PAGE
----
Colonial Dreams: A French Botanist’s Encounter with Africa in the 1750sColonial Dreams: A French Botanist’s Encounter with Africa in the 1750s

Jan. 28, 2017

 

Mary Terrall, professor of the history of science at UCLA, discusses French botanist Michel Adanson, who spent almost five years in Senegal in the 1750s. Terrall reconstructs Adanson’s sojourn in a French trading post, where he studied African natural history with the help of local residents.

  

Diavolo Dance: Fluid Infinities

Diavolo Dance: Fluid Infinities

Jan. 26, 2017 

 

The acclaimed dance company Diavolo brings its performance of Fluid Infinities to The Huntington. Set on an abstract dome structure to the music of Phillip Glass, the work explores metaphors of infinite space, continuous movement, and mankind’s voyage into the unknown.


 

PBS’s “Mercy Street” and Medical Histories of the Civil WarPBS’s “Mercy Street” and Medical Histories of the Civil War

Jan. 23, 2017

 

The Huntington presents a fascinating conversation about the practice of medicine during the U.S. Civil War and its dramatization in the popular PBS series “Mercy Street.” The panel discussion is moderated by Melissa Lo, Dibner Assistant Curator or Science and Technology at The Huntington, and includes curator Olga Tsapina, who oversees The Huntington’s Civil War collections; series executive producers Lisa Wolfinger and David Zabel; and series medical history advisor Shauna Devine.

  

The Atlantic Slave Trade and the American RevolutionThe Atlantic Slave Trade and the American Revolution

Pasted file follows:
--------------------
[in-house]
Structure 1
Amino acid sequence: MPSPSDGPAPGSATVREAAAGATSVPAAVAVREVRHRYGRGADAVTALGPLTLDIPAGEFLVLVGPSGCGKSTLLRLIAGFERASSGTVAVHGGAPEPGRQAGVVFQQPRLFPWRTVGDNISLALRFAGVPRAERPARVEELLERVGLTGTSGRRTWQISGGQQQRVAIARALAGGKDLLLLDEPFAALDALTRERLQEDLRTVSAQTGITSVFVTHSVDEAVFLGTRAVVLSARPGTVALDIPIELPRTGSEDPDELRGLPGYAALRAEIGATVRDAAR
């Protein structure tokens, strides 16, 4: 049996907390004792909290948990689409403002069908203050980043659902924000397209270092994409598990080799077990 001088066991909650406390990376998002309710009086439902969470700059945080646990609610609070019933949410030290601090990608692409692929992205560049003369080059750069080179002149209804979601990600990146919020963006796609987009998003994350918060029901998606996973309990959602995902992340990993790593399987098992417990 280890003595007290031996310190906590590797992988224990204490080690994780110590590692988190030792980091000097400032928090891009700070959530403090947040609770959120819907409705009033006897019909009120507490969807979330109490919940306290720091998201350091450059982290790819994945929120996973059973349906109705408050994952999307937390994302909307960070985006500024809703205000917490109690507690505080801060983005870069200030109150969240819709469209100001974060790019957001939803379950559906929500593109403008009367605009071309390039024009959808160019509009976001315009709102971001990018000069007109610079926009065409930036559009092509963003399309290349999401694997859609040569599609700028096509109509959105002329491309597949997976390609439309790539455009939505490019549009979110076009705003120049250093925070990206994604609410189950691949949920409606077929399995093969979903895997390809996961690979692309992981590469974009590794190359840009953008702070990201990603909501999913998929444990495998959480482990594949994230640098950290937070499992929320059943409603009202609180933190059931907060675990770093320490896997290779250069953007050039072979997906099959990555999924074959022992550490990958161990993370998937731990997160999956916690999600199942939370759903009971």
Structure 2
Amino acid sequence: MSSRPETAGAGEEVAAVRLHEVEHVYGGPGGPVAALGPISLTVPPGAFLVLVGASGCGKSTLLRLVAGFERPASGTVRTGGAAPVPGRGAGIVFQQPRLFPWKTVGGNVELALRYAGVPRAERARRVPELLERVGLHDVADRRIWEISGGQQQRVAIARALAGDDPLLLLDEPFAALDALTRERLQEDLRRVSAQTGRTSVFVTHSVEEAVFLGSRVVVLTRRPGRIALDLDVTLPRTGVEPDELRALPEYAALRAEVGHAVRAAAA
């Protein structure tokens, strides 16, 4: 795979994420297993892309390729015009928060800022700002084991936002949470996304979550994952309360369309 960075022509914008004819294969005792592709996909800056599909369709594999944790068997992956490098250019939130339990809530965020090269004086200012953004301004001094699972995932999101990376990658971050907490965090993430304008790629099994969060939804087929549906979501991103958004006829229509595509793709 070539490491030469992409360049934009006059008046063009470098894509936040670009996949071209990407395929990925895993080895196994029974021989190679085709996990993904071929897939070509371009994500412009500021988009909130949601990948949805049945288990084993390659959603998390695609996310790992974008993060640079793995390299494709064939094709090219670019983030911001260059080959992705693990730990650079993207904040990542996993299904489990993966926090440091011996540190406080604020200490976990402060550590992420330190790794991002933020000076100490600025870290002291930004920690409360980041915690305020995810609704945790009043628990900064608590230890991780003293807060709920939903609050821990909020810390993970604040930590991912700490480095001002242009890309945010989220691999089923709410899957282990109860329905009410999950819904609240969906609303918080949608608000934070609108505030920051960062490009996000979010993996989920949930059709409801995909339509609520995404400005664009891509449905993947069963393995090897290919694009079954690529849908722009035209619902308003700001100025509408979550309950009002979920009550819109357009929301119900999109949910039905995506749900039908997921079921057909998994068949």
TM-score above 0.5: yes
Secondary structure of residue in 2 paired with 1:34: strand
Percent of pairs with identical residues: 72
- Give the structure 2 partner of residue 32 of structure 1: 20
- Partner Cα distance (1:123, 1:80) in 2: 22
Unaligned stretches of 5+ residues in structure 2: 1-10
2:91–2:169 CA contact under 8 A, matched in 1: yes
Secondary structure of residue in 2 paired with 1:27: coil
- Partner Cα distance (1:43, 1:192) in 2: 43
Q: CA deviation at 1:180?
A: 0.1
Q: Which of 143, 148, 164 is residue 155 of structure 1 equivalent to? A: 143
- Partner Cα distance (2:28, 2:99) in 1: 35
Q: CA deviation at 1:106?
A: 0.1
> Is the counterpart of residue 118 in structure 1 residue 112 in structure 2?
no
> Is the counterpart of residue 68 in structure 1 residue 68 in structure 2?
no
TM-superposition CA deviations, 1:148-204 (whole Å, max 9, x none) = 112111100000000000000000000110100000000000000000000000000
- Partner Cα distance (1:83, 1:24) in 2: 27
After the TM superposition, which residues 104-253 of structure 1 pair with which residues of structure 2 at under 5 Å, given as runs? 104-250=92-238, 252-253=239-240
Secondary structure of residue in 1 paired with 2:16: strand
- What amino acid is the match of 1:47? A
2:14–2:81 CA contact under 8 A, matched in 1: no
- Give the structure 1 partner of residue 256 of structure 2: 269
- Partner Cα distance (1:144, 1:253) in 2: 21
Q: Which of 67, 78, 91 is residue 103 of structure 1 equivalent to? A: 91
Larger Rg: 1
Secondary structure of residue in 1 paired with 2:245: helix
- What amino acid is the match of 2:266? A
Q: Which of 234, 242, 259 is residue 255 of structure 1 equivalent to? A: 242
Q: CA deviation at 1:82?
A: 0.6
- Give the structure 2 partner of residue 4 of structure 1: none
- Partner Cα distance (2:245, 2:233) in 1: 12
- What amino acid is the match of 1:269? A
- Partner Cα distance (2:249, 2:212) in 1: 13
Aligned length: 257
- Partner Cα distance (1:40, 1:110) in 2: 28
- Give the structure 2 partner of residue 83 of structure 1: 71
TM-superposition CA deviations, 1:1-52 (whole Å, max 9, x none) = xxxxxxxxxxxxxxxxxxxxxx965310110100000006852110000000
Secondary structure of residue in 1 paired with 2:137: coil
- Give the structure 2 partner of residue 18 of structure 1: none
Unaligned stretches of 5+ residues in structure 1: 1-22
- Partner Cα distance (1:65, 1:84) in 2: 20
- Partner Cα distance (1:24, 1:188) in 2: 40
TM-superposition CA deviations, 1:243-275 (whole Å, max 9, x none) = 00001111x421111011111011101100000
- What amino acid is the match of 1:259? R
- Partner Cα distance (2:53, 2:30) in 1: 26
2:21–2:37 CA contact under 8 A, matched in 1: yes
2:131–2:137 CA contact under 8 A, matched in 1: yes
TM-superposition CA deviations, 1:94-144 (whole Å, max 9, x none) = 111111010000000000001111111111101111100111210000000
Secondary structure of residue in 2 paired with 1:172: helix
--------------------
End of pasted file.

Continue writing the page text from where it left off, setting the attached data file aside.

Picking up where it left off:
Jan. 13, 2017

 

Christopher Brown, professor of history at Columbia University, explores the relationship between the Atlantic slave trade and the American Revolution, two themes that are usually treated separately.

  

The Value of Patents: A Historian’s PerspectiveThe Value of Patents: A Historian’s Perspective

Jan. 13, 2017

 

Naomi R. Lamoreaux, Stanley B. Resor Professor of Economics and History at Yale University, discusses the important ways in which patents have contributed to technological innovation over the course of U.S. history.

  

Panel Discussion: Aerospace in Southern CaliforniaPanel Discussion: Aerospace in Southern California

Dec. 16, 2016

 

The history of the aerospace industry in Southern California and its intersections with contemporary culture are the focus of this panel discussion, presented in conjunction with the exhibition of NASA’s Orbit Pavilion. Panelists are Peter Westwick, aerospace historian; William Deverell, director of the Huntington-USC Institute on California and the West; and Daniel Lewis, senior curator of the history of science and technology at The Huntington.

  

You Don’t Know JackYou Don’t Know Jack

Dec. 13, 2016

 

In recognition of the centenary of Jack London’s death, The Huntington’s Sue Hodson, curator of literary manuscripts and former Jack London Foundation Woman of the Year, speaks about Jack London as a novelist, sailor, journalist, social activist, photographer, and adventurer, as well as about the importance of The Huntington’s 50,000-item Jack London collection.

  

Sex in the CitySex in the City

Dec. 9, 2016

 

Margo Todd, Walter H. Annenberg Professor of History at the University of Pennsylvania, examines the campaign of the mostly lay judiciaries of the Calvinist Scottish church to impose a strict and highly invasive sexual discipline on their towns in the century following the Protestant Reformation.

  

SYMPOSIUM | Word and Image: Chinese Woodblock PrintsSYMPOSIUM | Word and Image: Chinese Woodblock Prints

Dec. 5, 2016

 

This symposium, organized in conjunction with the exhibition “Gardens, Art, and Commerce in Chinese Woodblock Prints,” will explore the relationship and interaction between image and text in woodblock prints during the late Ming and Qing periods.

  

The Huang Family of Block Cutters: The Thread that Binds Late Ming Pictorial Woodblock PrintmakingThe Huang Family of Block Cutters: The Thread that Binds Late Ming Pictorial Woodblock Printmaking

Dec. 1, 2016